There is a minimalism to Julie Otsuka's work. The sentences in her slim books dive right into the details. About once a decade, readers are treated to a novel of Otsuka's well-honed words: "The Buddha in the Attic" in 2011 and "When the Emperor Was Divine" in 2002. So, I am thrilled that her latest book, "The Swimmers," is another artfully refined story, even when it delves into the most painful parts of life.
"The Swimmers" aptly begins in a chapter about lap swimmers. A collective sense of this community appears with individual concerns surfacing through the chorus of voices, showing how this narrative about swimming also represents the way we each live our lives, stroking our own way but within the company of others.
As readers learn about these characters lap by lap, Alice emerges: "a retired lab technician now in the early stages of dementia." The book eventually turns from the group of swimmers to Alice and her health. The book's chapters build upon each other but also hold the pleasure of complete, distinct stories.
To address both this collective and then personal narrative, point of view assumes a major role. At times, the novel takes on an uncommon first-person plural point of view, where a collective "we" tells the story. At other moments, a "they" takes over the point of view, or a "you" guides the story's movement. These shifting perspectives remind readers of our own changing position in relationship to the story and life.
Sometimes, we are at the center and then the periphery. We might be the ones not quite remembering or conversely taking on the role of the caregiving daughter. We are part of and then we are apart from this journey.
In a stand-out chapter titled "Diem Perdidi," Otsuka focuses on Alice, using a more standard third-person "she" perspective. The author employs the anaphoric repetition of "she remembers" or "she does not remember" to guide this powerfully sad section on dementia's progression: "She remembers the number assigned to her family by the government right after the start of the war. 13611 ... She remembers the scorpions and red ants. She remembers the taste of dust."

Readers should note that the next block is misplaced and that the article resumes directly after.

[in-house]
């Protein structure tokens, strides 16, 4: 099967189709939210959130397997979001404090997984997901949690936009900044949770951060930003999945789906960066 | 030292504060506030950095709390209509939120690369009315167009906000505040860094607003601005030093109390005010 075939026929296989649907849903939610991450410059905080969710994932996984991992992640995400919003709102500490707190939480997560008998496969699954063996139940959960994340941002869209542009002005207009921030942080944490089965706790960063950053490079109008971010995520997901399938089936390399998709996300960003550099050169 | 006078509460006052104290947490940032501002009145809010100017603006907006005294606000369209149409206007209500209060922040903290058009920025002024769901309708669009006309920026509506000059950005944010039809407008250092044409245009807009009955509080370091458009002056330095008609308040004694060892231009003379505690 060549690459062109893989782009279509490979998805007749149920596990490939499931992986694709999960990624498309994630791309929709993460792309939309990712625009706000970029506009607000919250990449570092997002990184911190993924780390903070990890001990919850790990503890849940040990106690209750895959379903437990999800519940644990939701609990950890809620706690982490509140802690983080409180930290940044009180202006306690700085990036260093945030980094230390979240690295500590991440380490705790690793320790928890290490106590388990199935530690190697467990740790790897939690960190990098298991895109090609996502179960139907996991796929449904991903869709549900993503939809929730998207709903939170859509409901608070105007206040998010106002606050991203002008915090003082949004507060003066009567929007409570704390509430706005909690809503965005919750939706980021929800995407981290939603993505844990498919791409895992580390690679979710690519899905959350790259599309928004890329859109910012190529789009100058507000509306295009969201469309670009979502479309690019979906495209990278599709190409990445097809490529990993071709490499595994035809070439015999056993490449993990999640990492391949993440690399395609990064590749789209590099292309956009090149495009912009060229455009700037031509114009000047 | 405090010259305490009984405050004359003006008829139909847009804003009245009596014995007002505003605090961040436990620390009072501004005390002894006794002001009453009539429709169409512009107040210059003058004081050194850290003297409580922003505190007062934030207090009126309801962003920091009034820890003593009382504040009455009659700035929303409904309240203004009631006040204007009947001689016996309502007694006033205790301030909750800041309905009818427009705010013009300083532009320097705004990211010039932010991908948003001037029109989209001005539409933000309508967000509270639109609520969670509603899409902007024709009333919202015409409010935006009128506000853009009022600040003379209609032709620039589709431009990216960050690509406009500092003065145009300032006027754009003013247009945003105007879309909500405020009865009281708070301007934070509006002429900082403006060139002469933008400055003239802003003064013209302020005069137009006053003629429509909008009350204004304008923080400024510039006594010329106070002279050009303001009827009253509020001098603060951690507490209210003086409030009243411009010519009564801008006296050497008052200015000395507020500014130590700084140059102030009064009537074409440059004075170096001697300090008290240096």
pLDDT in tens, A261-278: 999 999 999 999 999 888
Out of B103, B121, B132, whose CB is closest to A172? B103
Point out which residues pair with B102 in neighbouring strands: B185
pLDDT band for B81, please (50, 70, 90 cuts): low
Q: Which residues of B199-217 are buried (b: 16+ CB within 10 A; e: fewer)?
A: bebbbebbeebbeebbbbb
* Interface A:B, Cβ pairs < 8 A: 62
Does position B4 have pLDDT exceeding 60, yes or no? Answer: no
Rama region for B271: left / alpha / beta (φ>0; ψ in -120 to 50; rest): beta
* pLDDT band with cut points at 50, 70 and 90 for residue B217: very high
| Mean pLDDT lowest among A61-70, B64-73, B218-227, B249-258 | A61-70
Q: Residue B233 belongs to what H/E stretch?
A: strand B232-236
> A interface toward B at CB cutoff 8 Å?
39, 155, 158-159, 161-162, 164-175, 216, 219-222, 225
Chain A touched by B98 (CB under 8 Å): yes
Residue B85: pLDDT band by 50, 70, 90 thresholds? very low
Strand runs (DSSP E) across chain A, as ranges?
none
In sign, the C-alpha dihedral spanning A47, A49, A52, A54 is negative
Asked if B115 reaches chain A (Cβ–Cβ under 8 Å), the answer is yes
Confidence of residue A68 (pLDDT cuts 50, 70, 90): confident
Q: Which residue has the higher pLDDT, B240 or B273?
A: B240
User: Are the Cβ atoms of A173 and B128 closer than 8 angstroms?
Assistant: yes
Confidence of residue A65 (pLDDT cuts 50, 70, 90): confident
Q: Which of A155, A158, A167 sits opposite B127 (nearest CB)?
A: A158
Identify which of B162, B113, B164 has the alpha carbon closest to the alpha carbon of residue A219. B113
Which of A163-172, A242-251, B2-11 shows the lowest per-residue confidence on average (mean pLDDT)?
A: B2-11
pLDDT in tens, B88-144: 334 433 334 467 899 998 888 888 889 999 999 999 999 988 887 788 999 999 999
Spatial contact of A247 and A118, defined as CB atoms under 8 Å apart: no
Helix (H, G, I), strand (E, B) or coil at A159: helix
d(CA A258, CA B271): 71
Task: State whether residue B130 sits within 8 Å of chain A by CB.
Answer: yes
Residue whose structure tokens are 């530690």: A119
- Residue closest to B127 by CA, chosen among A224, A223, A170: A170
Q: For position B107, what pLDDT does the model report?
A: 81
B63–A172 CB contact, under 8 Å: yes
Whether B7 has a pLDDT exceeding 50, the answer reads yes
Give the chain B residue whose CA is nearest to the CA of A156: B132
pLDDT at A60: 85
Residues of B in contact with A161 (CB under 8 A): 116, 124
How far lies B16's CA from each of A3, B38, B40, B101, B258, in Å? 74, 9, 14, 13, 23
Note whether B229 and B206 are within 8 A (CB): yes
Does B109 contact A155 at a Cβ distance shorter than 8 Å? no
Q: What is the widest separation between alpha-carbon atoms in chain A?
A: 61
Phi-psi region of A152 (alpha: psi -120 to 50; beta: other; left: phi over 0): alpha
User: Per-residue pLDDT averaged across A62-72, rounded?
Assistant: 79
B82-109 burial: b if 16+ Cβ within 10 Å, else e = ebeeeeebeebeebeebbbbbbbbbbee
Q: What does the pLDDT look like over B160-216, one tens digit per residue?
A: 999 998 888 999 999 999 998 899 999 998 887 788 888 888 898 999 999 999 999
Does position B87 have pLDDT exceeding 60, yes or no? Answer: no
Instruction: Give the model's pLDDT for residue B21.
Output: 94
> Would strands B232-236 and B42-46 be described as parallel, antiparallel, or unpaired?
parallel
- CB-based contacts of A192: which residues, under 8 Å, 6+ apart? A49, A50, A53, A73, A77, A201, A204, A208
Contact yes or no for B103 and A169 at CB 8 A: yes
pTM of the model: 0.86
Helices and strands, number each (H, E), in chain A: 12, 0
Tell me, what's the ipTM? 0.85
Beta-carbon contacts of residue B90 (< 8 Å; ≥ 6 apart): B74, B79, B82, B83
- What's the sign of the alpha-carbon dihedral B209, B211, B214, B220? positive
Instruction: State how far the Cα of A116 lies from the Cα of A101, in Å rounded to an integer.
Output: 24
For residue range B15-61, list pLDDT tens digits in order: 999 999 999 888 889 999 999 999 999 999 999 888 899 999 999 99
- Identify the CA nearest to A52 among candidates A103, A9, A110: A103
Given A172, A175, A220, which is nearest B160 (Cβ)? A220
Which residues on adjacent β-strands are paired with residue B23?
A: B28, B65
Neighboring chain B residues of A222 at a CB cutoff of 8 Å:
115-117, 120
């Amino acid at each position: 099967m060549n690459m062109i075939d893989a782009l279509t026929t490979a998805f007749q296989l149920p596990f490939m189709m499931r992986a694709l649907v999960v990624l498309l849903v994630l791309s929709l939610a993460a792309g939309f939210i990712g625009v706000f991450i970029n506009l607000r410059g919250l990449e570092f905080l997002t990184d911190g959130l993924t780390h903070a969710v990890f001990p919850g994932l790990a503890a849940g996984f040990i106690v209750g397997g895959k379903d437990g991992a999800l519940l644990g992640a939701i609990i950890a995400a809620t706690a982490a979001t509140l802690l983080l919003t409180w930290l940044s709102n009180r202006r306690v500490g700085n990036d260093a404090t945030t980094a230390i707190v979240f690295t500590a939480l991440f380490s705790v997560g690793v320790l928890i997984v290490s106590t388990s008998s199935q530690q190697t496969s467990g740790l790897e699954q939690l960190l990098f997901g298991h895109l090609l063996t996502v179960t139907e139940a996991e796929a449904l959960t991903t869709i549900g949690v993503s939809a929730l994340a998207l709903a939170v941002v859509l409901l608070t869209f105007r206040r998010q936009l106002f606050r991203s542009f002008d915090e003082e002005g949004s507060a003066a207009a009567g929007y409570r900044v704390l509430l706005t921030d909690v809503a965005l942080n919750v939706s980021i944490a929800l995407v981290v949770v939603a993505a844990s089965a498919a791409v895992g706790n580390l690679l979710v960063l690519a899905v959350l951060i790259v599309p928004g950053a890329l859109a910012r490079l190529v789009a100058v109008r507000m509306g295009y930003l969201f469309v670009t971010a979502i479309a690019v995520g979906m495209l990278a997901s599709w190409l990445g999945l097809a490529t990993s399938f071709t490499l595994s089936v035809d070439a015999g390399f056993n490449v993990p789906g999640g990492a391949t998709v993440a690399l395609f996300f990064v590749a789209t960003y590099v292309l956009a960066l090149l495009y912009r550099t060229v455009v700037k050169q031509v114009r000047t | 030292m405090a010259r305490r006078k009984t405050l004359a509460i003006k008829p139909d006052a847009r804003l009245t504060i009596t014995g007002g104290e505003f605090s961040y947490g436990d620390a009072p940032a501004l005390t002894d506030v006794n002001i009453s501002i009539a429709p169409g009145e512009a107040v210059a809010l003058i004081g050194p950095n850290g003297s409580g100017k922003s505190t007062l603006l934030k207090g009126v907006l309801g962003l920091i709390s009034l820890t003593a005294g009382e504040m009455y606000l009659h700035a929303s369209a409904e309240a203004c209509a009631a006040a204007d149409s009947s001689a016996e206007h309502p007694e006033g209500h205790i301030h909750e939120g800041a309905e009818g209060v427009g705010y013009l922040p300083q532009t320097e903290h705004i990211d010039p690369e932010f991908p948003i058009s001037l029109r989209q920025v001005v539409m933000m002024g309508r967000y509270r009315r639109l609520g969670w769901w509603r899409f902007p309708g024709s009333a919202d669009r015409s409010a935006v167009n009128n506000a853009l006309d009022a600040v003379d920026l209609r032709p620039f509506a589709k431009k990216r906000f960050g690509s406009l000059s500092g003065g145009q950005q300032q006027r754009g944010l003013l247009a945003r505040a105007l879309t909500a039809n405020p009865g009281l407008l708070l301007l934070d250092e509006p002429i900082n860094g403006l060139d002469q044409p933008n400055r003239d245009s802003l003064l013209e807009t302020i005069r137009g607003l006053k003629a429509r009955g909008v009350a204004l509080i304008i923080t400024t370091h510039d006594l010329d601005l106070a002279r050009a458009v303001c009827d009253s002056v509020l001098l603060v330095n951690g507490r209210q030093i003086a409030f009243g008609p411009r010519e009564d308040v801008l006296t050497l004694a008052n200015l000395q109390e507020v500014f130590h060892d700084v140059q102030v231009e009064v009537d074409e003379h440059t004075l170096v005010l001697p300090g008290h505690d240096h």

The chapter lets Alice recall the big moments, like her incarceration as a Japanese American during World War II, as well as the small moments of those years, down to the dust, even though she can't recall what she said a few minutes earlier to her husband or daughter.
In "The Swimmers," Otsuka beautifully renders the particularities of a life fully using every word, including the pronouns. She has a way of presenting seemingly objective details, but the emotions seep through the minutiae so that we know and feel much about Alice and those who care for her. With virtuosity, Otsuka hands us each crystallized inch of this tale that reflects a life — the pages memorialize what can't be forgotten.
Abby Manzella is the author of "Migrating Fictions: Gender, Race, and Citizenship in U.S. Internal Migrations," winner of the Society for the Study of American Women Writers Book Award.
By: Julie Otsuka.
Publisher: Alfred A. Knopf, 192 pages, $23.
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